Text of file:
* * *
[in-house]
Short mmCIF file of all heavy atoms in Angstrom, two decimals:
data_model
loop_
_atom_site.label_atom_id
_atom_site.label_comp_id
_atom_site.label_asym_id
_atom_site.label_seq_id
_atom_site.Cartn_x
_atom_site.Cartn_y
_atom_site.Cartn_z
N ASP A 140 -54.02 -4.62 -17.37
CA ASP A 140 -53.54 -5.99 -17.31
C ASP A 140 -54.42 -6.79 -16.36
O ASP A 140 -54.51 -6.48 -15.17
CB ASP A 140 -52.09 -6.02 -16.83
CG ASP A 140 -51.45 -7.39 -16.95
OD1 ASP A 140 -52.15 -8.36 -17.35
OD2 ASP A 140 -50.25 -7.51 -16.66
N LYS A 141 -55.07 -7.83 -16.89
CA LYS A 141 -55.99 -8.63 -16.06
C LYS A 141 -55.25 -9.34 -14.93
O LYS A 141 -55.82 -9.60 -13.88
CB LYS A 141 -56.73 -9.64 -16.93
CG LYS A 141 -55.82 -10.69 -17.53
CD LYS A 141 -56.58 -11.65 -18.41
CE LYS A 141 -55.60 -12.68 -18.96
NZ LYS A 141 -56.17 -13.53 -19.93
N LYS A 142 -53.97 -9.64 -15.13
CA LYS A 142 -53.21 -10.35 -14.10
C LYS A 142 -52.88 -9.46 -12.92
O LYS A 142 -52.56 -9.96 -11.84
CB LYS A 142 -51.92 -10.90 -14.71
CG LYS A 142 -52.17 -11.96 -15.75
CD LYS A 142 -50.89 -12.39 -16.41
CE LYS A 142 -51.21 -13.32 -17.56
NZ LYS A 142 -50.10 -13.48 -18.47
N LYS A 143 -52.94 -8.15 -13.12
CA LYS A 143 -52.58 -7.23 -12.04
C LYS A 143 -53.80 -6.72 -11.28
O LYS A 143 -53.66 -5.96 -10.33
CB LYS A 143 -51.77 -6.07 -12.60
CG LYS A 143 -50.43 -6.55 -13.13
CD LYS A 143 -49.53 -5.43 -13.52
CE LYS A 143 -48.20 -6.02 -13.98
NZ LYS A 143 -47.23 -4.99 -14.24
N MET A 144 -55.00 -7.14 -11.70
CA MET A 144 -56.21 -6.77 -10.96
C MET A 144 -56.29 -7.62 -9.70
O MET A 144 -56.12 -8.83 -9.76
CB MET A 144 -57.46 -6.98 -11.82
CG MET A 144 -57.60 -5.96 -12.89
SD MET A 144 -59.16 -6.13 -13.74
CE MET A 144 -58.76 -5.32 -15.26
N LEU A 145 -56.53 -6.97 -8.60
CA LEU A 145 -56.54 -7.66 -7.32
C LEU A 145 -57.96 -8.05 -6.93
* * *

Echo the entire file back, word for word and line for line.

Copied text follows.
[in-house]
Short mmCIF file of all heavy atoms in Angstrom, two decimals:
data_model
loop_
_atom_site.label_atom_id
_atom_site.label_comp_id
_atom_site.label_asym_id
_atom_site.label_seq_id
_atom_site.Cartn_x
_atom_site.Cartn_y
_atom_site.Cartn_z
N ASP A 140 -54.02 -4.62 -17.37
CA ASP A 140 -53.54 -5.99 -17.31
C ASP A 140 -54.42 -6.79 -16.36
O ASP A 140 -54.51 -6.48 -15.17
CB ASP A 140 -52.09 -6.02 -16.83
CG ASP A 140 -51.45 -7.39 -16.95
OD1 ASP A 140 -52.15 -8.36 -17.35
OD2 ASP A 140 -50.25 -7.51 -16.66
N LYS A 141 -55.07 -7.83 -16.89
CA LYS A 141 -55.99 -8.63 -16.06
C LYS A 141 -55.25 -9.34 -14.93
O LYS A 141 -55.82 -9.60 -13.88
CB LYS A 141 -56.73 -9.64 -16.93
CG LYS A 141 -55.82 -10.69 -17.53
CD LYS A 141 -56.58 -11.65 -18.41
CE LYS A 141 -55.60 -12.68 -18.96
NZ LYS A 141 -56.17 -13.53 -19.93
N LYS A 142 -53.97 -9.64 -15.13
CA LYS A 142 -53.21 -10.35 -14.10
C LYS A 142 -52.88 -9.46 -12.92
O LYS A 142 -52.56 -9.96 -11.84
CB LYS A 142 -51.92 -10.90 -14.71
CG LYS A 142 -52.17 -11.96 -15.75
CD LYS A 142 -50.89 -12.39 -16.41
CE LYS A 142 -51.21 -13.32 -17.56
NZ LYS A 142 -50.10 -13.48 -18.47
N LYS A 143 -52.94 -8.15 -13.12
CA LYS A 143 -52.58 -7.23 -12.04
C LYS A 143 -53.80 -6.72 -11.28
O LYS A 143 -53.66 -5.96 -10.33
CB LYS A 143 -51.77 -6.07 -12.60
CG LYS A 143 -50.43 -6.55 -13.13
CD LYS A 143 -49.53 -5.43 -13.52
CE LYS A 143 -48.20 -6.02 -13.98
NZ LYS A 143 -47.23 -4.99 -14.24
N MET A 144 -55.00 -7.14 -11.70
CA MET A 144 -56.21 -6.77 -10.96
C MET A 144 -56.29 -7.62 -9.70
O MET A 144 -56.12 -8.83 -9.76
CB MET A 144 -57.46 -6.98 -11.82
CG MET A 144 -57.60 -5.96 -12.89
SD MET A 144 -59.16 -6.13 -13.74
CE MET A 144 -58.76 -5.32 -15.26
N LEU A 145 -56.53 -6.97 -8.60
CA LEU A 145 -56.54 -7.66 -7.32
C LEU A 145 -57.96 -8.05 -6.93